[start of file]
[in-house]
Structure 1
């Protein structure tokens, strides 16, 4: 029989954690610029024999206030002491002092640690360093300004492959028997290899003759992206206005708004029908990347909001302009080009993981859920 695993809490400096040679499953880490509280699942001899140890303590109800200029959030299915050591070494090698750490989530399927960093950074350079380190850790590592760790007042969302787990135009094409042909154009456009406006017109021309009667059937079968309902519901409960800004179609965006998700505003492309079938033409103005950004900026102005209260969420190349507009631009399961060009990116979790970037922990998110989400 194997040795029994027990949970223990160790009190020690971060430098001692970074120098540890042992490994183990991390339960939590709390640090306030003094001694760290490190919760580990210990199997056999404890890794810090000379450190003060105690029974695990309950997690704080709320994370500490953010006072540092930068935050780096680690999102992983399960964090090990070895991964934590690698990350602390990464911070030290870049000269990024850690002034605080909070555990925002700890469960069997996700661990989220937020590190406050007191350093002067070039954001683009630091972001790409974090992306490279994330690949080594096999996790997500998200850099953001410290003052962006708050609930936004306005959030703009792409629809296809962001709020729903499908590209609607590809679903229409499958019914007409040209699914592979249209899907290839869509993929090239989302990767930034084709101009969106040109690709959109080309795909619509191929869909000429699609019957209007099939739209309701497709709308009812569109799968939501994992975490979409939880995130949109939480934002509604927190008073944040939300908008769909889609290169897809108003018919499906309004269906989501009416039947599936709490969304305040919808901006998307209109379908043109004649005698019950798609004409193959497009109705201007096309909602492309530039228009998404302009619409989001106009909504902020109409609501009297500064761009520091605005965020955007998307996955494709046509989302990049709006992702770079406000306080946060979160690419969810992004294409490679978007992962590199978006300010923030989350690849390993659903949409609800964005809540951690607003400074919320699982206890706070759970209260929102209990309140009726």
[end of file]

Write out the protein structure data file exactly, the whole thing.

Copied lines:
[in-house]
Structure 1
């Protein structure tokens, strides 16, 4: 029989954690610029024999206030002491002092640690360093300004492959028997290899003759992206206005708004029908990347909001302009080009993981859920 695993809490400096040679499953880490509280699942001899140890303590109800200029959030299915050591070494090698750490989530399927960093950074350079380190850790590592760790007042969302787990135009094409042909154009456009406006017109021309009667059937079968309902519901409960800004179609965006998700505003492309079938033409103005950004900026102005209260969420190349507009631009399961060009990116979790970037922990998110989400 194997040795029994027990949970223990160790009190020690971060430098001692970074120098540890042992490994183990991390339960939590709390640090306030003094001694760290490190919760580990210990199997056999404890890794810090000379450190003060105690029974695990309950997690704080709320994370500490953010006072540092930068935050780096680690999102992983399960964090090990070895991964934590690698990350602390990464911070030290870049000269990024850690002034605080909070555990925002700890469960069997996700661990989220937020590190406050007191350093002067070039954001683009630091972001790409974090992306490279994330690949080594096999996790997500998200850099953001410290003052962006708050609930936004306005959030703009792409629809296809962001709020729903499908590209609607590809679903229409499958019914007409040209699914592979249209899907290839869509993929090239989302990767930034084709101009969106040109690709959109080309795909619509191929869909000429699609019957209007099939739209309701497709709308009812569109799968939501994992975490979409939880995130949109939480934002509604927190008073944040939300908008769909889609290169897809108003018919499906309004269906989501009416039947599936709490969304305040919808901006998307209109379908043109004649005698019950798609004409193959497009109705201007096309909602492309530039228009998404302009619409989001106009909504902020109409609501009297500064761009520091605005965020955007998307996955494709046509989302990049709006992702770079406000306080946060979160690419969810992004294409490679978007992962590199978006300010923030989350690849390993659903949409609800964005809540951690607003400074919320699982206890706070759970209260929102209990309140009726």